Oil politics in the Syrian civil war is a complex web of money deception and proxy war. What began as a non-violent grassroots rebellion against Bashar al Assad and the Syrian state has morphed into a complex proxy war involving countless factions and alliances competing for control of oil, and territory.
Various nation states and world powers who have their own financial interests in the region are supporting the armies on the ground.
This is because of Syria’s strategic importance as a potential gatekeeper between oil reserves from the Gulf and oil markets in Europe.
There are two different proposed pipelines that will have to run through Syria in order for this to happen. One sponsored by the Gulf states called the “Qatar-Turkey pipeline” and one sponsored by the Iranians and Syrians nicknamed the “Islamic pipeline”.
Since the 1990s, Europe has been increasingly dependent on Russian natural gas and oil. In 2014 it was estimated that 42% of the European Union’s natural gas imports originated from Russia.
This dependence has limited Europe’s ability to make a show of force against Russia. Last year the U.S introduced economic sanctions against Russia in retaliation for its annexation of Crimea.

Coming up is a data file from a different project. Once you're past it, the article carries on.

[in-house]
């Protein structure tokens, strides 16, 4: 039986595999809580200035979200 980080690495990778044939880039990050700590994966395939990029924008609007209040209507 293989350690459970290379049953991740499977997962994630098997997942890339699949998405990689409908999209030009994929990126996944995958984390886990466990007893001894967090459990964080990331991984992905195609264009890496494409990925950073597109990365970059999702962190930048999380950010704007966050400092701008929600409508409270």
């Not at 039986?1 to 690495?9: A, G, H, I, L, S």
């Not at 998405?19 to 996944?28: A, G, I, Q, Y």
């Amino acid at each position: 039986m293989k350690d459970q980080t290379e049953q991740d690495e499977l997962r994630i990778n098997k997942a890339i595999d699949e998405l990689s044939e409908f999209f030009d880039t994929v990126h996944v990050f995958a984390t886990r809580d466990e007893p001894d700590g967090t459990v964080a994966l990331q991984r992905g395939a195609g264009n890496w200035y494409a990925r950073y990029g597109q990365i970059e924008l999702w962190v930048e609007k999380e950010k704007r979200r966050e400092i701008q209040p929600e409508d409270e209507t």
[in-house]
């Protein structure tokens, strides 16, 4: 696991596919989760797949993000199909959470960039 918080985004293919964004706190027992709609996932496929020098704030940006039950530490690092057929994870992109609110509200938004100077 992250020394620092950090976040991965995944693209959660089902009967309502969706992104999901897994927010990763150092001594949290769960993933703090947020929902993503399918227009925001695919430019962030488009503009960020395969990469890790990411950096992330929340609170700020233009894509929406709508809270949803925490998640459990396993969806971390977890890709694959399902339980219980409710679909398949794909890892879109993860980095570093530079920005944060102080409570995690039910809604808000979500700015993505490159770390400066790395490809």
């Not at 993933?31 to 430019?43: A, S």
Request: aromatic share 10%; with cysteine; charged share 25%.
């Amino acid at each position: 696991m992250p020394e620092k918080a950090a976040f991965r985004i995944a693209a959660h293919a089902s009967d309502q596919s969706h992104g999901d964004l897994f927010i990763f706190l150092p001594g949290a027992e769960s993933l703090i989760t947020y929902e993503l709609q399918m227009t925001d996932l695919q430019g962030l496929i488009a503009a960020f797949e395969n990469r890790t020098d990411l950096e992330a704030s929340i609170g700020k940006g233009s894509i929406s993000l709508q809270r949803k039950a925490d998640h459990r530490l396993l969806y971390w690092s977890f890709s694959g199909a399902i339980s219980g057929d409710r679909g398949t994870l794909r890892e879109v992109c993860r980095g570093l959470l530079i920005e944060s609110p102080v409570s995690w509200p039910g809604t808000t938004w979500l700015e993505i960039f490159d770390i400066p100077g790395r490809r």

When the US asked the EU to participate, there was a heated debate amongst the European nations about how exactly to impose sanctions.
Eastern Europeans felt especially threatened by Russia’s actions and wanted to enact the harshest penalties possible, however, Western Europeans were well aware that cutting off economic trade with Russia would destabilize their economies.
As a result, the European Union (EU) has desperately been looking for other sources of natural gas.
The “pipeline” which will carry natural gas from Azerbaijan into Europe will help to offset dependence on Russian gas, but will take years to reach full capacity and will not rid Europe of Russian dependence altogether.
European demand for natural gas is expected to rise dramatically in the next 30 years.
There is only one known source of gas that can solve Europe’s long-term energy needs and that’s source resides in the Middle East underneath the Persian Gulf.
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